Lithuania is threatened by Belarus: this conclusion can be drawn from the report of the Lithuanian special services on external threats to their country this year. The document has been published this week. It is almost fully devoted to threats from Russia. And from Belarus. The name of our country is on every page of the report. Belarusian diplomats have already said that someone in Lithuania wants to drive a wedge between Vilnius and Minsk.
The report of the Lithuanian State Security Department is almost entirely devoted to our eastern neighbors: the word “Russia” appears in the document 130 times. The word “Belarus” is mentioned another 25 times. Vilnius considered us almost a subordinate state — subordinate to Russian politicians, military and … spies. The latter, they say, are very interested in Lithuanians, whose relatives are in Belarus.
“Politicians or some Lithuanian figures who have relatives or businesses in Belarus or Russia are a target for operations,” said Laurynas Kasčiūnas from the Security Committee of the Lithuanian Seimas.
These Lithuanians may be subject to recruitment, the authors of the report warn.
We should be aware that in Russia, it is the FSB that deals with post-Soviet countries. However, Lithuania is both a former Soviet republic and a country of the European Union and NATO. Basically, all special services can be actively targeting Lithuania in Belarus.
“Both the FSB and the Foreign Intelligence Service, as well as the GRU of the General Staff of Russia, who, naturally, do not coordinate their specific operations with their Belarusian colleagues, can be working on the territory of Belarus. As part of the interaction, they inform their Belarusian colleagues that certain actions will be carried out,” explains Mykhailo Samus from the Ukrainian Center for Army, Conversion and Disarmament Studies.
The question is how deep this information exchange is running. According to interstate agreements, the Russian special services must receive official permission from Minsk for any operation. But in practice it looks strange: after the abduction of a Ukrainian citizen Pavel Hryb in Homiel by FSB agents and his removal to Smolensk, Belarus did not disown this act and did not take part of the responsibility for it. This leads experts to believe that Minsk controls Russian spies in the same way as the United Kingdom does, where last year the GRU poisoned Sergei Skripal.
“Basically, Russia behaves itself with Belarus in the same way as in relation to its enemies from the countries of NATO and the EU. This is primarily a signal to Belarus, indicating that Belarus is no longer viewed by Russia as a friendly country,” says Arseny Sivitski, Director of the Center for Strategic and Foreign Policy Studies.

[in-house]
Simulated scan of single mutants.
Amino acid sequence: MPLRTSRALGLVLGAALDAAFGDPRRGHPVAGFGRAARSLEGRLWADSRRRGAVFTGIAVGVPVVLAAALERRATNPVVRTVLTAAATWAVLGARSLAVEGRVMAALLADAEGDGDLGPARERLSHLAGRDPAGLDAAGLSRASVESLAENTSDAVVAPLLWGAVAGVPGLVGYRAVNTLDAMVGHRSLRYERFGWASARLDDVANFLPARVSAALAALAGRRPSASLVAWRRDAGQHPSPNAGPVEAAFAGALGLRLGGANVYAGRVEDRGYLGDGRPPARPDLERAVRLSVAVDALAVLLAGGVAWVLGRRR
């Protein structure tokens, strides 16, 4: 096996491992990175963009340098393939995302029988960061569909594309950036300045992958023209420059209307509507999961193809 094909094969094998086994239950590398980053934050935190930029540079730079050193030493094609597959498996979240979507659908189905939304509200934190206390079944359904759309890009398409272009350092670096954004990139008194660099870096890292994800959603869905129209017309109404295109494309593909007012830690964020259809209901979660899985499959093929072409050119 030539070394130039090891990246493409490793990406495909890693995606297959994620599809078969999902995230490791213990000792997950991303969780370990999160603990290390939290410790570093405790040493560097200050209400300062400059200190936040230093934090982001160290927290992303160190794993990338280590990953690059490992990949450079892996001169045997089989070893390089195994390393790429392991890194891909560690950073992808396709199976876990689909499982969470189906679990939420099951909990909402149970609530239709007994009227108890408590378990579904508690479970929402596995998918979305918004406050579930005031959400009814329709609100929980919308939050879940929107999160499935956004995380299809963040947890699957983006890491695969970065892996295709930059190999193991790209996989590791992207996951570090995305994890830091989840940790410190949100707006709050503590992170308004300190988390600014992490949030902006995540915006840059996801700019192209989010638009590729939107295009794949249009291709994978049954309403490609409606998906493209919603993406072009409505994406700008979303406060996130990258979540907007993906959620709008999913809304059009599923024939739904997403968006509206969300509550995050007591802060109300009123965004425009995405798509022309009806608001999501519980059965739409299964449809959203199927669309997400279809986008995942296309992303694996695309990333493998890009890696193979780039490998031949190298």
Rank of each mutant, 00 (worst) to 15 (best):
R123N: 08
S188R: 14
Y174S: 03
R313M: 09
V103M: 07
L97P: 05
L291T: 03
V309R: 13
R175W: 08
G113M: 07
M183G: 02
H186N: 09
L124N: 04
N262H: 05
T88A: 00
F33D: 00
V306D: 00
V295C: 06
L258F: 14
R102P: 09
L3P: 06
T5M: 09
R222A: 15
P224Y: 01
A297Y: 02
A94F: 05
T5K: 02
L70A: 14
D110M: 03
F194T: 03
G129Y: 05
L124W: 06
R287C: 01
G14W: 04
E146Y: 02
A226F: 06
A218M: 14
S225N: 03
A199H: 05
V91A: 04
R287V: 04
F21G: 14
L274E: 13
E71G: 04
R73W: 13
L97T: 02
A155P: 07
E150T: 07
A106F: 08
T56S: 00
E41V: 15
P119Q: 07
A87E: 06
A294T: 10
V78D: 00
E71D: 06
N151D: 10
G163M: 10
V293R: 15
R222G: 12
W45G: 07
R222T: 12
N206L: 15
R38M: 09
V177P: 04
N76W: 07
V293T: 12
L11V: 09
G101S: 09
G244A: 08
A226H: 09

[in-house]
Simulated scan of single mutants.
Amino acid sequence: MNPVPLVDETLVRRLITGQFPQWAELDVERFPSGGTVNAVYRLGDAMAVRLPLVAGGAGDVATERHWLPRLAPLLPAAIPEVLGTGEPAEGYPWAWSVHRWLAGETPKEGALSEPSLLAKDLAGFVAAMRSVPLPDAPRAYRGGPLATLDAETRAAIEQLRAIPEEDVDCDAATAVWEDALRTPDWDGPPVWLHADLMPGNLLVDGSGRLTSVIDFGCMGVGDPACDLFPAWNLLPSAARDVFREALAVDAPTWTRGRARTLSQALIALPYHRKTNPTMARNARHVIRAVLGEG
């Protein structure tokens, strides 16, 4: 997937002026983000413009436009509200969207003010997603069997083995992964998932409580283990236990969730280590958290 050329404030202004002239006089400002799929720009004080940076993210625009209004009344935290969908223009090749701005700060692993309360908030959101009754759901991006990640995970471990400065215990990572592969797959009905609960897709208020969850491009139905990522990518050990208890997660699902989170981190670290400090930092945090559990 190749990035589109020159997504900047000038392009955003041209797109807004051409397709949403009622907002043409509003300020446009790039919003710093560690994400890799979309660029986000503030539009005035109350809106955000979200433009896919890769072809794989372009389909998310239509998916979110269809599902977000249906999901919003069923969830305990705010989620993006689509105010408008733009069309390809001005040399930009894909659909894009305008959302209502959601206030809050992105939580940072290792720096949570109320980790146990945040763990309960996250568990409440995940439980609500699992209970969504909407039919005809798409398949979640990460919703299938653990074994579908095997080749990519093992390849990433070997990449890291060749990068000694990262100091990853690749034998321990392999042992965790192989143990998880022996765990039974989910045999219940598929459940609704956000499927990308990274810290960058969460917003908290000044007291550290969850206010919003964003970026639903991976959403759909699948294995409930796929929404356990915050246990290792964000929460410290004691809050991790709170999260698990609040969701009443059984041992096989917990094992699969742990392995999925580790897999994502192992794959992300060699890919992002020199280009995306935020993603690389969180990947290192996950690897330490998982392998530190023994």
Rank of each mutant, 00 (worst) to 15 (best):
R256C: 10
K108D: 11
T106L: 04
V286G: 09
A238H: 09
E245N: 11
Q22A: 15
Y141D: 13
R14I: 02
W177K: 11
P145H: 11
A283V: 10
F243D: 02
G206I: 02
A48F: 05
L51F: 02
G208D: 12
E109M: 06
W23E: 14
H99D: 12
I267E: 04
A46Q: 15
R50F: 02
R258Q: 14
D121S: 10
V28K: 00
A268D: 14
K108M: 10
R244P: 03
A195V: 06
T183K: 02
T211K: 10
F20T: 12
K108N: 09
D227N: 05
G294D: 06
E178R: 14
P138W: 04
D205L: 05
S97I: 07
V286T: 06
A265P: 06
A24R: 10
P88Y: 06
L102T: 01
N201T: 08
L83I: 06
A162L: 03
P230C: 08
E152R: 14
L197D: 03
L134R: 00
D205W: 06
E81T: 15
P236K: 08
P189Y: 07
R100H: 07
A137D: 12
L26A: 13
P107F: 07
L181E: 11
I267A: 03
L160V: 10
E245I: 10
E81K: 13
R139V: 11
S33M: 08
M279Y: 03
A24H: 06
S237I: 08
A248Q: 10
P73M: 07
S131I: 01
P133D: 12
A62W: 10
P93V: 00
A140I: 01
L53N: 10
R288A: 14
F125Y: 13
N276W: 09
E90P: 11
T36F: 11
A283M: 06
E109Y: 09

Thus, Belarus is losing trust in relations with Moscow and spoiling its image in the eyes of Lithuania, Poland, and Ukraine. Belarus has not been responding to requests about Hryb for a year and a half.
“We still have not received a reply, either through closed or through open diplomatic channels,” says Mykhailo Samus.
But the Belarusian diplomats’ reaction to the Lithuanian report was immediate: Minsk described the assessments made by Vilnius as emotional and offensive. They said that if anyone is interested in driving a wedge into our relationship, it is some Lithuanian politicians on the eve of the elections.
“The threat to the neighbors will never come from the territory of Belarus. We call on politicians in Lithuania to temper their militant fervor and adopt a more peaceful tone. Our region needs peace and harmony, not hate speech,” said Andrey Shuplyak, Deputy Head of the Information and Digital Diplomacy Department of the Belarusian Foreign Ministry.
Belarusian diplomats forget that intelligence in the West serves not the politicians, but the country. And it is Minsk that successfully drives a wedge into our relations with Vilnius. For example, the behavior around the construction of the Astravets NPP. It looks like Minsk is not going to share a monopoly on damage to these relations with Moscow.
“Alyaksandr Lukashenka has been conducting a very clear and consistent policy as to rule out a situation when the Russian military would command Belarusian. When it comes to intelligence services, this approach is three times stronger,” said Alexander Golts from ej.ru.
Minsk may not be able to control the Russian special services (the Salisbury operation demonstrated that they do not respect any borders), but for ten years Lukashenka has been trying to implement his own foreign policy, which does not coincide with the Russian one.
“Belarus did not support Russia in the international arena in issues that are quite critical for the Kremlin, such as recognition of South Ossetia and Abkhazia or recognition of the annexation of Crimea. It seems to me that this is a clear evidence that Belarus can pursue an independent foreign policy, despite its rather close relations with Russia,” believes Arseny Sivitski.
Belarus will remain a threat to Lithuania, at least until the Russian special services stop abducting foreign citizens on our territory without explanation.
Denis Dziuba, belsat.eu